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Written by Tarn
(10/9/2008 10:46 a.m.)
in consequence of the missive, Who would be interested in those lists?, penned by MarianneR
Conscription wasn't voluntary, communications were rudimentry and most sailors and marines were serving because they got a bounty to sign up, and were desperate for money. Many were pressed- hijacked from Merchant vessels, captures from foreign forces and foreign merchant vessels, and forced to serve in the British Navy.
In fact, this habit of Ruling the Waves, forcing sailors into service, without much regard for little things like what nationality they were, capturing and searching ships at will, had caused so much consternation and disgust for the Americans , that congress had actually agreed to raise taxes (although not without a great deal of carry-on) to built an American Navy (of six frigates, manned only by volunteers who were promoted on merit) to protect the large United States merchant navy that were sailing out to supply Europe (from the British point of view, their Enemy, France)with pelts and herrings and cotton and cheeses and every other kind of thing they could trade.
The British Navy - unquestionably the largest in the world at the time, and in force in every part of the world at the time, continued to reserve its right to regard Americans as British citizens to be pressed into service, or French sympathisers to be delayed with inspections that involved opening every barrel of herrings to check for contraband arms, done at leisure until the cheeses spoiled, and then taking off, leaving the vessel with not enough crew to man it to safe harbour, or enough supplies to last the distance. That sort of aggravation eventually meant the United States declared war on Britain - the war of 1812 (passionate accounts of which were published in the US newspapers at the time).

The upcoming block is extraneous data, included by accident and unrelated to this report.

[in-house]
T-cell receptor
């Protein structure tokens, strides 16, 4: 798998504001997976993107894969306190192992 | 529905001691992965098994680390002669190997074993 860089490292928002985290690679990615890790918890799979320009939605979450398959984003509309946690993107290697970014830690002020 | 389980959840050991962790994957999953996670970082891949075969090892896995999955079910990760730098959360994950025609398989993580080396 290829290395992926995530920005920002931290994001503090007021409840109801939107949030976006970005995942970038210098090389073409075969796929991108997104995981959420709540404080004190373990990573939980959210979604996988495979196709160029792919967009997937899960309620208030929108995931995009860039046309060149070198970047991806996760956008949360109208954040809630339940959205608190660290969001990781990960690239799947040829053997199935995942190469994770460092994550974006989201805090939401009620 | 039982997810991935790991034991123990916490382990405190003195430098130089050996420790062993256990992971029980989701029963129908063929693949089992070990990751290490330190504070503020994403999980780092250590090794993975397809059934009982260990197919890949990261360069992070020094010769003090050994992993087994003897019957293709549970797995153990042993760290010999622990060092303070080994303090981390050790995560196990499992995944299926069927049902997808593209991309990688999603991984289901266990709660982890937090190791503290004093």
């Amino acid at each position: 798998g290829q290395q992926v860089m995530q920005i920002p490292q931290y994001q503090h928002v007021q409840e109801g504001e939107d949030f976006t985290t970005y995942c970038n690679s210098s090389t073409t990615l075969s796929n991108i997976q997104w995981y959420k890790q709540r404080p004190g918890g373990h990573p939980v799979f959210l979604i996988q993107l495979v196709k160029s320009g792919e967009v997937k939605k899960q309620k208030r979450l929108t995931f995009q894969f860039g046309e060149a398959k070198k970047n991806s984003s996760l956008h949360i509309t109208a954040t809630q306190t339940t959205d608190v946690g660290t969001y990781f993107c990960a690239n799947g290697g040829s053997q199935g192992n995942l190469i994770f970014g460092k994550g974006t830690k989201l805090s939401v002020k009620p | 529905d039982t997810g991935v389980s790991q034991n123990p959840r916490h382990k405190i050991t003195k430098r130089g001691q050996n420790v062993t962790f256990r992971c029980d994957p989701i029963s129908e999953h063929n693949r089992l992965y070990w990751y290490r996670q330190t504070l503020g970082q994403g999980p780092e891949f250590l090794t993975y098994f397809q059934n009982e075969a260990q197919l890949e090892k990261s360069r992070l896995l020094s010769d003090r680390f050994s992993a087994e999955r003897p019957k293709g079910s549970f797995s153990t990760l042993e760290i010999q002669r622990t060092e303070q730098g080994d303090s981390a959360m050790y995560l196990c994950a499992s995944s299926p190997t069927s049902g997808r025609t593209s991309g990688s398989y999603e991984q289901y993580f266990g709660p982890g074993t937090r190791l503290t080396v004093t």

I don't think the British thought the US Navy was much of a threat - the British were by far the superior force - the USA had six frigates that had been built specially (none bigger than 44 guns) and ten other smaller vessels, the British - well just have a look at the Navy list!
I have not mentioned her brother Frank, who was also in the Navy and who had seen more action at that point in time. He actually wrote some of the reports of battles, that appeared in the gazettes. He had not been absent from England so long, but I am sure his reports would not be ignored by his family because of that. In fact, his reports of the war were as interesting to the people of the nation, as important to the national interest, then, as any embedded reporter in any war the nation happened to be in now. Unlike now, war was regarded as heroic, and individual Captains became celebrities, famous for their personal valour and boldness.
And even long after the war of 1812 ended (in 1815), these accounts were widely used as the basis for the histories of these celebrated fights.
I have been unable to get access to the original reports of the British commanders, the logs of the British ships, or their
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